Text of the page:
The construction and built environment sector employs nearly two million people in the UK and accounts for 6 per cent of the GDP (£60bn). It's also a growing sector with job opportunities available for 88,000 people every year for the next five years and this figure looks set to increase with London's successful Olympic bid for 2012.
These figures provide plenty of scope for people considering going to university to study for careers in a range of construction professional services, including civil engineering and town planning or quantity surveying and architecture. There really is something out there to suit most individuals and people are starting to realise that there's more to construction than bricklaying. The construction professional services sector employs 225,000 people which is set to rise to 365,000 by 2007.
To remain competitive, the industry is keen to attract the best applicants from all walks of life, which means that employers are looking at a diverse recruitment pool. Women and ethnic minorities, who are under- represented in the industry, are now starting to look at a career in construction in a different light.
This is partly to do with the positive image that the industry has worked hard to promote. ConstructionSkills, the sector skills council for the construction industry, runs an annual advertising campaign aimed at promoting the benefits of working in construction and the variety of roles available. Once people are actually aware of the opportunities the industry has to offer, their perception of a career in construction changes dramatically. Research conducted in 2004 showed that after seeing the ConstructionSkills advert, which was designed to challenge stereotypes by featuring inspirational buildings and the voice of youth TV presenter June Sarpong, words such as "enjoyable", "respected" and "exciting" were linked to the industry by a high proportion of young people.
Graduates starting out in the construction industry can expect to earn between £19,000 and £23,000, with ongoing prospects of development and training - most employers also guide their graduates towards a professional qualification.
If you're a graduate with a degree linked to construction and the built environment, the chances are that you'll more than likely be in employment and, more to the point, will have got there pretty easily. Almost half of all employers in a recent Built Environment Professional Services Skills Survey, reported serious problems with skills gaps. A worrying two-thirds have experienced difficulties in recruiting sufficiently skilled and experienced "work-ready" staff - basically, this means that as a qualified graduate straight out of university, you'll find yourself in demand.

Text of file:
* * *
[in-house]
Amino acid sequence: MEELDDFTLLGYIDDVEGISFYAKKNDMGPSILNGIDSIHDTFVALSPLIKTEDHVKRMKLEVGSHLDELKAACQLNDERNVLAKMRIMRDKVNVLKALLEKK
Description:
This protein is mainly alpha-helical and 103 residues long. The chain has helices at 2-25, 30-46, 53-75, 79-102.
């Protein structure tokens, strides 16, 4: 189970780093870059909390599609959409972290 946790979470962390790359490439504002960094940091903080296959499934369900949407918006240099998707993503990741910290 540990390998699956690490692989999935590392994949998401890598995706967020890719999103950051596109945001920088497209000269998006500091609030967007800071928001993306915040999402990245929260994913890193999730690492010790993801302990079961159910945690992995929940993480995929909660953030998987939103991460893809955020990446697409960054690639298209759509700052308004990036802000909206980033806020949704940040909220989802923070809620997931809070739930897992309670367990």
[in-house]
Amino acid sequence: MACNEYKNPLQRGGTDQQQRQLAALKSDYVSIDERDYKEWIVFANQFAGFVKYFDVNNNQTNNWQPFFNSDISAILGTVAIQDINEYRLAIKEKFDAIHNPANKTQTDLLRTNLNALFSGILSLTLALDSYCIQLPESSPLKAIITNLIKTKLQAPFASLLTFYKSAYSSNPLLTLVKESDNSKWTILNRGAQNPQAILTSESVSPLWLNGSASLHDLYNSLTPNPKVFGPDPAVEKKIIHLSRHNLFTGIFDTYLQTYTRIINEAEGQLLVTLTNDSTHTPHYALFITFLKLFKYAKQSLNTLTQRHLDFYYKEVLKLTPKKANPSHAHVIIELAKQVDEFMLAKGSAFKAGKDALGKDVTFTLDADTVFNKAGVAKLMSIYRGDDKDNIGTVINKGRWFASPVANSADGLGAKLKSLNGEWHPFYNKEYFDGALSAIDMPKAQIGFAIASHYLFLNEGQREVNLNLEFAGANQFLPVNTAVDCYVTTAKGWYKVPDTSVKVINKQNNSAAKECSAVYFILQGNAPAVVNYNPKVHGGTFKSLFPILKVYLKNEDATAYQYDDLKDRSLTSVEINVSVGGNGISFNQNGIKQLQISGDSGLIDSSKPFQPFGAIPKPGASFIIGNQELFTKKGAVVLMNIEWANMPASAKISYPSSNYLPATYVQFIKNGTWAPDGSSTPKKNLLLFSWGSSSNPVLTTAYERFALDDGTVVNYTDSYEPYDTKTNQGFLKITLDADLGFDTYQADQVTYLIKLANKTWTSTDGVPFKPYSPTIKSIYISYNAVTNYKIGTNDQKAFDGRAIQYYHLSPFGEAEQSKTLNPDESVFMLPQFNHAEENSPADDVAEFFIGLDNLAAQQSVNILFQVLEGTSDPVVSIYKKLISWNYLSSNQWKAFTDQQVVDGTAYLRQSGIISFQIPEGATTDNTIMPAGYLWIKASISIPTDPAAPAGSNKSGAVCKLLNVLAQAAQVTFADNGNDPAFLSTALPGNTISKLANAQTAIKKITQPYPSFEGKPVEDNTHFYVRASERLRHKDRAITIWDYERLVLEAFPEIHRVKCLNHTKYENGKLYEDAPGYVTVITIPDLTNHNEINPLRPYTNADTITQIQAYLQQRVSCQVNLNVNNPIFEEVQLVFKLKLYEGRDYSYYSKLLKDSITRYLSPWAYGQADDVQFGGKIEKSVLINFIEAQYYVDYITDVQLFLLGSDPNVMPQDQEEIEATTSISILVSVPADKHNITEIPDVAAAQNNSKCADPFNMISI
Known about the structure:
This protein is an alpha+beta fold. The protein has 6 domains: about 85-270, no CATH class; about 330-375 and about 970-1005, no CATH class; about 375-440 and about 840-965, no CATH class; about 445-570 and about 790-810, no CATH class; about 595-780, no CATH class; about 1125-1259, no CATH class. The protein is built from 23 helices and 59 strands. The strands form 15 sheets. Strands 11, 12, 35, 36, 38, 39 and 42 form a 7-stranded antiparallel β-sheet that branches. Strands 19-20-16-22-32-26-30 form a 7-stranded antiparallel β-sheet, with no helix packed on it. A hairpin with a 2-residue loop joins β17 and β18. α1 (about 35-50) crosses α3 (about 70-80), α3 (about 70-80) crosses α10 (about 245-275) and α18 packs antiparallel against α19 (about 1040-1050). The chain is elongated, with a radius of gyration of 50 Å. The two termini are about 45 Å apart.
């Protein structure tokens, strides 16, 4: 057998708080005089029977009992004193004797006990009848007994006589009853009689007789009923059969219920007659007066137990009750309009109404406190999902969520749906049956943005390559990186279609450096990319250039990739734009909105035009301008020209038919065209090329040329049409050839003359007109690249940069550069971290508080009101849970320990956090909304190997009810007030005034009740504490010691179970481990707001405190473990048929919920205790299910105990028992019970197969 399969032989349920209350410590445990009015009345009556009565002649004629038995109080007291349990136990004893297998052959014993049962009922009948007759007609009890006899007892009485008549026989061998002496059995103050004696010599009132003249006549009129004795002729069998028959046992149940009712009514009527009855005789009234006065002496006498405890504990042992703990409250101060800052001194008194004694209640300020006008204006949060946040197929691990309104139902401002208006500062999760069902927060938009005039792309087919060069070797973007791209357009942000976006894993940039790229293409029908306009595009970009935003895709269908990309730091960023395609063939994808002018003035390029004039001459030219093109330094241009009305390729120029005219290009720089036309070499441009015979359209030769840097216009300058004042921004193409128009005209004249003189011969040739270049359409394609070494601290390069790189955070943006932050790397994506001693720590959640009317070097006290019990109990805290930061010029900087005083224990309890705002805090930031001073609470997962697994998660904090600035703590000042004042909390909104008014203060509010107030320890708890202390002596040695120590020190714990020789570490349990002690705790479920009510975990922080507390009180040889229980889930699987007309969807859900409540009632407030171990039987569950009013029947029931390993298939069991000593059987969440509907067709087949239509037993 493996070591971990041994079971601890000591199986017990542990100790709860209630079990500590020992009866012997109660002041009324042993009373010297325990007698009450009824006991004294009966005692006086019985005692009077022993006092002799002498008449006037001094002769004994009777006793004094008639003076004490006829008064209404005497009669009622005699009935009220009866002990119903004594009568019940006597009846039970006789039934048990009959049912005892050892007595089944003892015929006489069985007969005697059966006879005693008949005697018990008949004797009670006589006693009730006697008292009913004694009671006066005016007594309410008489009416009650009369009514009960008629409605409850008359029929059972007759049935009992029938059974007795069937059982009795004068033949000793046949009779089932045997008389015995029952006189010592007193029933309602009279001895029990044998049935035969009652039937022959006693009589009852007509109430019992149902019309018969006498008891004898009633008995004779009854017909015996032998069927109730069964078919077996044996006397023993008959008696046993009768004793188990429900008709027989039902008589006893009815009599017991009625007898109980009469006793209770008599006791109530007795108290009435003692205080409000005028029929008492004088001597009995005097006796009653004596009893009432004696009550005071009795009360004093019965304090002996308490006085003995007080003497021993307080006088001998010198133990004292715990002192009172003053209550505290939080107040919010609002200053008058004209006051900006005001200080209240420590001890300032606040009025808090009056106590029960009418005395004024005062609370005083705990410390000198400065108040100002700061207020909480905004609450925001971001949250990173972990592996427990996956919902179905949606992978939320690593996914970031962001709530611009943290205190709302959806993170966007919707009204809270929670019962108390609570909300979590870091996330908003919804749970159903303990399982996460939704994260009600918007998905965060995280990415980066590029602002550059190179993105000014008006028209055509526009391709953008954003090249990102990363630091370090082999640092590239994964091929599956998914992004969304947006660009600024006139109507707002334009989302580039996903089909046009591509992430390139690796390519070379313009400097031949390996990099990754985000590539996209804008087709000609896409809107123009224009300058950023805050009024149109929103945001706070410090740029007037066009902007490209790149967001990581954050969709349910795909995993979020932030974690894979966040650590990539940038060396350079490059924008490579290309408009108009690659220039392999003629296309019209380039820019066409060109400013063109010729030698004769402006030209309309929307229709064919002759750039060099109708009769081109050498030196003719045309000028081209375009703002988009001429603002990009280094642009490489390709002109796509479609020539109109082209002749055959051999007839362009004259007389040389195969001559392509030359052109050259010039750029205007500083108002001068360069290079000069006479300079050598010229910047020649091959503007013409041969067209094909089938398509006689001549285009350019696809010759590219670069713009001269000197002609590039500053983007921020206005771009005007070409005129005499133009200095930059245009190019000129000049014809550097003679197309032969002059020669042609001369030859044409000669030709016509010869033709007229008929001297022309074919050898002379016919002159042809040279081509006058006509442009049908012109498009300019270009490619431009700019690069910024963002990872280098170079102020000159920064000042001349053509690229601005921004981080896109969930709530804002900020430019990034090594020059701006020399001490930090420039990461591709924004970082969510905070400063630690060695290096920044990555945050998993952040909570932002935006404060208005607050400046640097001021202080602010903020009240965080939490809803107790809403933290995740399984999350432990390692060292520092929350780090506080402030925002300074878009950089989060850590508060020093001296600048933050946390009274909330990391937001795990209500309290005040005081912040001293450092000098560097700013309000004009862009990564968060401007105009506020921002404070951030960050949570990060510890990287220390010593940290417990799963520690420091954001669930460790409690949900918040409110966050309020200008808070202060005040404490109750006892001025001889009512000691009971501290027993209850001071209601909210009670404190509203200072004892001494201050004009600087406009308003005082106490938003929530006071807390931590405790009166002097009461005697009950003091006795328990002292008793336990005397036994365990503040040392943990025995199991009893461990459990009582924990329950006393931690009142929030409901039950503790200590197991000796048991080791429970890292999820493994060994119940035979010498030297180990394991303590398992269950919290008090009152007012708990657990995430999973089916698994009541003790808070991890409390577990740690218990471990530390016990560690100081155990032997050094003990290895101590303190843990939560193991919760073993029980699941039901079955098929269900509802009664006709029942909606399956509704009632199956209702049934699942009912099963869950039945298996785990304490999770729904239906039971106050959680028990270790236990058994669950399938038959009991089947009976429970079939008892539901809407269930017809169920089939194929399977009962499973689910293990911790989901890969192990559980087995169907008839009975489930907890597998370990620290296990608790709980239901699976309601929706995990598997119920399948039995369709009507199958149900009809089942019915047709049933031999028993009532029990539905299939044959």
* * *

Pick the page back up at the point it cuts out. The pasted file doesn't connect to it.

Many people believe that young people are starting to shy away from university due to fear of debt and according to research by Universities UK, 83 per cent of current students think that being in debt is one of the worst aspects of going to university.
The construction industry is well aware of the financial burden that studying can bring, so many construction companies offer the opportunity to work and study towards a degree part-time. Plus, construction degree applicants can apply for up to £9,000 of scholarship funding during their degree through organisations such as ConstructionSkills, in conjunction with employers in the industry, where they can complete their practical work experience during university breaks. Applications for 2005 scholarships have closed, however ConstructionSkills is running the scheme in 2006 and full details will be available on the website, www.bconstructive.co.uk/ scholarship.
Securing the Olympics is a great win for the UK's construction industry and provides a fantastic opportunity for those already working in the sector, those in training or studying construction-related courses and even those still deciding on their future. Imagine playing a part in the world's most exciting sporting event; there has never been a more exciting time to join the construction industry.
Our message to those making career decisions in schools and colleges around the country is, join us, gain the trade, technical or professional skills and in 2012 you may be able to point to an Olympic stadium and say "I built that".
Paul Sykes is a CITB-ConstructionSkills Recruitment Manager
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